Christie is a kind hearted, loving dog, who loves to give wet kisses, will follow you around in the house, look at you like you are all she cares about and despite her fears, she is extremely manageable. All she needed a space of her own where she would feel safe, and she did not have that.
I am guessing that one day she looked uncomfortable while she was being petted by force, another day she probably growled, then she showed her teeth, again, and again. But none of these signs alerted the family. Maybe they even patted her on the head while she was growling, in order to “calm her down” (which Christie of course interpreted as praise – “I growled = I am a good girl”).
On top of it all, I was called irresponsible by the family, WHILE we were making the arrangements of how and when they would bring her back. ME! I was the irresponsible one for giving the dog for adoption WITH a dog trainer, for letting them know I am here for the dog any time, for insisting that they called the trained if they saw the SLIGHTERST thing that might trouble them about Christie’s behavior, and for taking her back as soon as possible (Friday they called mumbling something like “meh..you know, we are not sure” – Saturday the dog was home with me).
I am seriously upset – imagine having the dog returned, and on top of it all, listening to bullshit like “it is very difficult for us”, “we love her”(!!???!!!???), “training? we are not millionaires” (the trainer had offered to visit PRO BONO any time they called), “her food costs a fortune” (I thought they weren’t millionaires) etc.
Aggrr..this is getting longer that I expected, so here is some advice:
1 LET THE DOGS BE! Let them come to you, let them rest when they need to.
2 A dog trainer (one you really trust) is like a doctor. If your doctor prescribed some pills for you, would you take just a few, because you think you know better???? If the trainer suggest s5 things to be done, then you should do ALL 5, not just the ones that come easier or cheaper.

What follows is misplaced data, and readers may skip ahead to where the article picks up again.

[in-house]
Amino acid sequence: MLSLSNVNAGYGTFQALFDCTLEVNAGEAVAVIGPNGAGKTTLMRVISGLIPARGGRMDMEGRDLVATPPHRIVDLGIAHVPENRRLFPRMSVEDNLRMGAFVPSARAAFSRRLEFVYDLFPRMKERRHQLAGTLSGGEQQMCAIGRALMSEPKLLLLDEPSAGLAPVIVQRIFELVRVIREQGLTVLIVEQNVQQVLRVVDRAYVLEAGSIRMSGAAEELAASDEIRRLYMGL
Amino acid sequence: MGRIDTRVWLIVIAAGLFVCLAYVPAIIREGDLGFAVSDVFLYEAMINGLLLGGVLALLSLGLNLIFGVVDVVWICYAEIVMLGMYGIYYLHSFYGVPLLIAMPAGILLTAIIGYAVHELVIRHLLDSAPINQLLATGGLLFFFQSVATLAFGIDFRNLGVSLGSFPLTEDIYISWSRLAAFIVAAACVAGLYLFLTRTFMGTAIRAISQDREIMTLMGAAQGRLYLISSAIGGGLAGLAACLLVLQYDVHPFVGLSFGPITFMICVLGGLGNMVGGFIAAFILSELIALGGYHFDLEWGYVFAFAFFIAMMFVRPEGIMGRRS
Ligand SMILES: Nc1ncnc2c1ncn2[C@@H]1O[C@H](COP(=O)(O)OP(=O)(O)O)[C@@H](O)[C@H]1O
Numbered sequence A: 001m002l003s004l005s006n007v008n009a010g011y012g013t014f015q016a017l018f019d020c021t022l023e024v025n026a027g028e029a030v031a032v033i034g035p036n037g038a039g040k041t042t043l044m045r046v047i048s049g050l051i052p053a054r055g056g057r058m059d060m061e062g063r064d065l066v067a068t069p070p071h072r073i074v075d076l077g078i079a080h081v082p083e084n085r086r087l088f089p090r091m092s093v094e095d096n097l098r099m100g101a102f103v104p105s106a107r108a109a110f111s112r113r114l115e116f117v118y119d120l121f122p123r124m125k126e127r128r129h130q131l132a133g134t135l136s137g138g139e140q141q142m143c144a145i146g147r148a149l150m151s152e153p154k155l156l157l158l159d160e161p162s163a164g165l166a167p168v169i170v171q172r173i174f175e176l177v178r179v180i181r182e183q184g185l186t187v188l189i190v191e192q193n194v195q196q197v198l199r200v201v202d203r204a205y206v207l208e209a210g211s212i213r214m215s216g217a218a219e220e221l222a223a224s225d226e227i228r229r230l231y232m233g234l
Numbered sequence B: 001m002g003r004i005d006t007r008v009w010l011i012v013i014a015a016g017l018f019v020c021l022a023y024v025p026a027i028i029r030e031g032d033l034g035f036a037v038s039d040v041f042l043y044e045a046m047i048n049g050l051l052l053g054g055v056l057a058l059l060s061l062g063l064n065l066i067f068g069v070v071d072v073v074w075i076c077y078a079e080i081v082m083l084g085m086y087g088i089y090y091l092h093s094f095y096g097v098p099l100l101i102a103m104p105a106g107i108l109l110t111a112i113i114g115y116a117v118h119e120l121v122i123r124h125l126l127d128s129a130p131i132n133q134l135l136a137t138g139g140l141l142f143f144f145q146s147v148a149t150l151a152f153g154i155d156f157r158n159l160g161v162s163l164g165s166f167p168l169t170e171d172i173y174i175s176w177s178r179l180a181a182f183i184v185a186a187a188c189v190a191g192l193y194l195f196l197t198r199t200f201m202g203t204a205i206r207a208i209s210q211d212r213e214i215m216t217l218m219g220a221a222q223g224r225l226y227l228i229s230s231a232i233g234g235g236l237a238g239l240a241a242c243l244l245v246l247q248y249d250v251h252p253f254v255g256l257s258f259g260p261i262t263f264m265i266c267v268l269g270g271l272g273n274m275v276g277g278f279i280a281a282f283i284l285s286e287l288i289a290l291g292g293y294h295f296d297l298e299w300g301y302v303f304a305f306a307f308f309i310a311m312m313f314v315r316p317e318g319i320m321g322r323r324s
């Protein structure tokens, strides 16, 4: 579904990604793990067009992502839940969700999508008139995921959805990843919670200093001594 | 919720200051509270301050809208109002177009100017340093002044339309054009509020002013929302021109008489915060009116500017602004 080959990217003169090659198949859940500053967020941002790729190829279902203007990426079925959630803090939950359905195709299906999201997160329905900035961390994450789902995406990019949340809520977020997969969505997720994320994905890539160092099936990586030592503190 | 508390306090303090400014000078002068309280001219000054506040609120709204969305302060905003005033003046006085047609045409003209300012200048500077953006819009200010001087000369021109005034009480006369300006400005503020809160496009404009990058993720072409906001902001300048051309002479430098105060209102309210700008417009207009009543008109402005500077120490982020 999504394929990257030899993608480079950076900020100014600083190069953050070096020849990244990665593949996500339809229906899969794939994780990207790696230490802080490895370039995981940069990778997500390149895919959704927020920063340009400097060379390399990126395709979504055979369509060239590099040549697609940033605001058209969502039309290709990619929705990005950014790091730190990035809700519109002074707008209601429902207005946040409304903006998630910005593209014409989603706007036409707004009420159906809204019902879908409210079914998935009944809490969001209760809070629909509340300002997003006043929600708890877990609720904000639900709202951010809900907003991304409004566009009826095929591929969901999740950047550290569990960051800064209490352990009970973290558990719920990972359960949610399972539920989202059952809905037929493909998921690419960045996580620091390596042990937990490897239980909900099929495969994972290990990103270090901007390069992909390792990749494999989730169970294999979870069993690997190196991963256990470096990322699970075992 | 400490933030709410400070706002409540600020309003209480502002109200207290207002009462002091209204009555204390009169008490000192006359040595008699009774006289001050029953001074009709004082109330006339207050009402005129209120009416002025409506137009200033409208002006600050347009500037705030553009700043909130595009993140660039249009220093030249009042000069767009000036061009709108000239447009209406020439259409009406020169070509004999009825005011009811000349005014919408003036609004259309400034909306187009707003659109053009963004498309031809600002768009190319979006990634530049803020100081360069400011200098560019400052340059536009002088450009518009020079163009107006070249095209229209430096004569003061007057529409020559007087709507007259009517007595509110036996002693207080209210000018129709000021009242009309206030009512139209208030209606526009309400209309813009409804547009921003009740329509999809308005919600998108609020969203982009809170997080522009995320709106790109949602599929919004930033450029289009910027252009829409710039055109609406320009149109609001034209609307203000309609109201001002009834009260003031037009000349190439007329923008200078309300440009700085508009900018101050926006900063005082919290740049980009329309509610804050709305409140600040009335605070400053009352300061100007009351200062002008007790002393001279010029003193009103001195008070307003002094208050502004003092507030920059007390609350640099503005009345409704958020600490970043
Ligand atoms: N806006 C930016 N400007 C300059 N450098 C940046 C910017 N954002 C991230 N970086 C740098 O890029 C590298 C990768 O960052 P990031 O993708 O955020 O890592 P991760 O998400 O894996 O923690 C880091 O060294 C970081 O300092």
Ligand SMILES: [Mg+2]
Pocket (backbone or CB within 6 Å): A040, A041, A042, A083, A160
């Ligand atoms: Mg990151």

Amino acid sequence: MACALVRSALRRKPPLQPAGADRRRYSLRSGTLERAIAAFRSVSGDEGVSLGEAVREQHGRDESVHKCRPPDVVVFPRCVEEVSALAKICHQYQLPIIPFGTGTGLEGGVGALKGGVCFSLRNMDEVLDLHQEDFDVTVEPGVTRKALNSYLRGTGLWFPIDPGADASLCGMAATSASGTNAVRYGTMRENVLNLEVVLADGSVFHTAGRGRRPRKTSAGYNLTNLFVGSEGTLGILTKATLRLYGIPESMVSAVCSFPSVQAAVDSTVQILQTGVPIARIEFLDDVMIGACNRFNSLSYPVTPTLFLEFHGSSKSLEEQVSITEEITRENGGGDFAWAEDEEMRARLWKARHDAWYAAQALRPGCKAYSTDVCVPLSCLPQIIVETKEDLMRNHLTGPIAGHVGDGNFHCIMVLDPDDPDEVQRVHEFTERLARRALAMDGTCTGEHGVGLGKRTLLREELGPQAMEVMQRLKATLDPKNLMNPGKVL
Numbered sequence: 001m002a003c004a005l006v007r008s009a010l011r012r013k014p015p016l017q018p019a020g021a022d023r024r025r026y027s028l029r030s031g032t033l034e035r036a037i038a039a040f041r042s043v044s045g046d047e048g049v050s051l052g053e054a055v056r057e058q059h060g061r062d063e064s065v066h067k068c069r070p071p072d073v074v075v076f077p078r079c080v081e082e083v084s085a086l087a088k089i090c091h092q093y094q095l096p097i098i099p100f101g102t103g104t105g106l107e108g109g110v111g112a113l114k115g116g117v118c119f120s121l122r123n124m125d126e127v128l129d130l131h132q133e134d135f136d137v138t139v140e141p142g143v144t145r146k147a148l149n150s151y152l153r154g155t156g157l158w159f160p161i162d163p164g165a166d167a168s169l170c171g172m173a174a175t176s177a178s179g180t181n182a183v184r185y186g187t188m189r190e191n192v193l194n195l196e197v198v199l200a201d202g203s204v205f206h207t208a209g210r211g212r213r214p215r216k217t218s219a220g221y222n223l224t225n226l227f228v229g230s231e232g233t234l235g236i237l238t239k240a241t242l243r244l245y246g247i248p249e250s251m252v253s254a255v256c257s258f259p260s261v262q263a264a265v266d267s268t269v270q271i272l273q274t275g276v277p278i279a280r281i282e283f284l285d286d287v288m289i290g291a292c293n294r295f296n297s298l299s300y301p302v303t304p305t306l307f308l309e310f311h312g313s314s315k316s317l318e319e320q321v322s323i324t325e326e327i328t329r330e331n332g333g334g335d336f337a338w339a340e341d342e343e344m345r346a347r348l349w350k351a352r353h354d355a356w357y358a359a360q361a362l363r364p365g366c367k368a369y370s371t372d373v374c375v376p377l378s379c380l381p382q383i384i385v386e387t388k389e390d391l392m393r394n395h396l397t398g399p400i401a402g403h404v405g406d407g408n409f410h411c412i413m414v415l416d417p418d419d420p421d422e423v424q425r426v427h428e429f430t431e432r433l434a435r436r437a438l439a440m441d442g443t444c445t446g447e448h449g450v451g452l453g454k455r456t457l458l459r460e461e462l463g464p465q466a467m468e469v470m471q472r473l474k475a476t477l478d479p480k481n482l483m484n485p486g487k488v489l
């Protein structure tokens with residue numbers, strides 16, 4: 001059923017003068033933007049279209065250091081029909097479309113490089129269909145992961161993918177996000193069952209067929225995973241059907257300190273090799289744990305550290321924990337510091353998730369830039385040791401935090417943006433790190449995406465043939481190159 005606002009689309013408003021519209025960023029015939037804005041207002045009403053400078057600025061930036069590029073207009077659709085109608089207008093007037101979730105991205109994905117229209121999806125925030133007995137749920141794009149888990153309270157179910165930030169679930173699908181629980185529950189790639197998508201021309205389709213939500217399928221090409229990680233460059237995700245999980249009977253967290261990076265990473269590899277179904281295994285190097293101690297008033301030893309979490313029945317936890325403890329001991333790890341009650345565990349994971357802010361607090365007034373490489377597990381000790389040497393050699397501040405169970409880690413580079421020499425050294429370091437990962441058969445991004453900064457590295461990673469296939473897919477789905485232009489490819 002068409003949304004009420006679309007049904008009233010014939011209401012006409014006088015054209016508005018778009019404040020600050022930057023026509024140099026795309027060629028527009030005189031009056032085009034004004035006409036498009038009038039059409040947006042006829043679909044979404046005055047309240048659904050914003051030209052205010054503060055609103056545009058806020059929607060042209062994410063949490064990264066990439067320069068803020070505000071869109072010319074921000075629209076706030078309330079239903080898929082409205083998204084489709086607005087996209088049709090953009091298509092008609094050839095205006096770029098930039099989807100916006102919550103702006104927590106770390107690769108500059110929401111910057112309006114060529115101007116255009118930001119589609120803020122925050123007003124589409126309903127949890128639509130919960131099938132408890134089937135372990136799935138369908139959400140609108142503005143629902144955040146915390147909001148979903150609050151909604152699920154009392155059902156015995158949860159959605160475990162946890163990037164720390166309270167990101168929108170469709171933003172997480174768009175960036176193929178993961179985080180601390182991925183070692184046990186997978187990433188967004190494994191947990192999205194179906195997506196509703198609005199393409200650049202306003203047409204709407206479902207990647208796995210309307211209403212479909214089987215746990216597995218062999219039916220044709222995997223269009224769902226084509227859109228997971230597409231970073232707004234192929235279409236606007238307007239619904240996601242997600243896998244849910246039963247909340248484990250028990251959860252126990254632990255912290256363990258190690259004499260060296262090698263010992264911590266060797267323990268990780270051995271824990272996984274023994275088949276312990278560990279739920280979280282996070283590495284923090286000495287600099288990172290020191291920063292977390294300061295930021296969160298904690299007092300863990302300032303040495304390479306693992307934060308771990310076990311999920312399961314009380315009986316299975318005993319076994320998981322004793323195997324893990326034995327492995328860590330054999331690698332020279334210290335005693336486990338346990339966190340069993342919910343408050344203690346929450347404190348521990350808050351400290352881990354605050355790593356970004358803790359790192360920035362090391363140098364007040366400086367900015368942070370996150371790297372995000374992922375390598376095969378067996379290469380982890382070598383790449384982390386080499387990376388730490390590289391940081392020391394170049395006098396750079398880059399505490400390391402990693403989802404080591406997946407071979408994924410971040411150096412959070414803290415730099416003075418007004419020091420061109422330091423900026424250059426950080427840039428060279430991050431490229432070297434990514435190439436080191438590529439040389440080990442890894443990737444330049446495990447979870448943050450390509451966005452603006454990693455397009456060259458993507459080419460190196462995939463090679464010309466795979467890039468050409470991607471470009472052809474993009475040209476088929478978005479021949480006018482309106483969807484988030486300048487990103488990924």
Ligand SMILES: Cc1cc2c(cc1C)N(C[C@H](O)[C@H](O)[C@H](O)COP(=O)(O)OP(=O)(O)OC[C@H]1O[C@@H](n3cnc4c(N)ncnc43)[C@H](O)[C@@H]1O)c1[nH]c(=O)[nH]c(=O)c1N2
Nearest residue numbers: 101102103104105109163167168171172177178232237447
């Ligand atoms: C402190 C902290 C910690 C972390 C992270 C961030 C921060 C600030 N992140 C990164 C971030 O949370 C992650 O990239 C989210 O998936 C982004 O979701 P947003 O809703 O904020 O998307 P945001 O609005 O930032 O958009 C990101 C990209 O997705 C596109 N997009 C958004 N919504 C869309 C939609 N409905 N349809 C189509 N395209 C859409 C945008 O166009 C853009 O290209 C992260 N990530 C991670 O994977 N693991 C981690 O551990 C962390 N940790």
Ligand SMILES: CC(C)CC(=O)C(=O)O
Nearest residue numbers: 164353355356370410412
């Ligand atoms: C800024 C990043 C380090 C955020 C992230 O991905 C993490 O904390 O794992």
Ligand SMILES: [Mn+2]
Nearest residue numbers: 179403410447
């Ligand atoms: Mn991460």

3 Don’t have money for training? Well, I am sorry, but if your dog got sick, would you take him to the vet or not? Training is not a luxury, it’s a necessity. As far as I’m concerned, I would be more than happy knowing that Christie was being fed leftovers for two months, so that the family could afford a F##$%^ crate.
4 Instead of trying to fix bad behaviors, learn about what you can do to prevent them. It’s the 21rst century, just GOOGLE it!
One last thing:
A dog learns something every day, and Christie learned to growl and bite in these past couple of months. When an adult dog presents a new problem, it is a learned (conditioned) behavior, and the ONLY ONES responsible are the owners. So whenever your dog does something you don’t like, instead of trying to understand “what’s gotten into him all of a sudden”, try wondering about what you did that made him act this way. Dogs don’t make mistakes, we do, even unwillingly.
And, dear lady… there must be about a zillion articles on line about what to do when your dog growls at you, AND the internet is for free! You don’t need to be a millionaire! I mean… couldn’t you even type the words “dog – growl-me” on google and read for a couple of hours? Only millionaires read nowadays?
(Thanks for reading my angriest post ever!)
*** I almost forgot! If you wish to adopt Christie, please email me at email@example.com or message me on Facebook. She is up for adoption by SCARS, check her video here (can you see the killer in her? 😛 )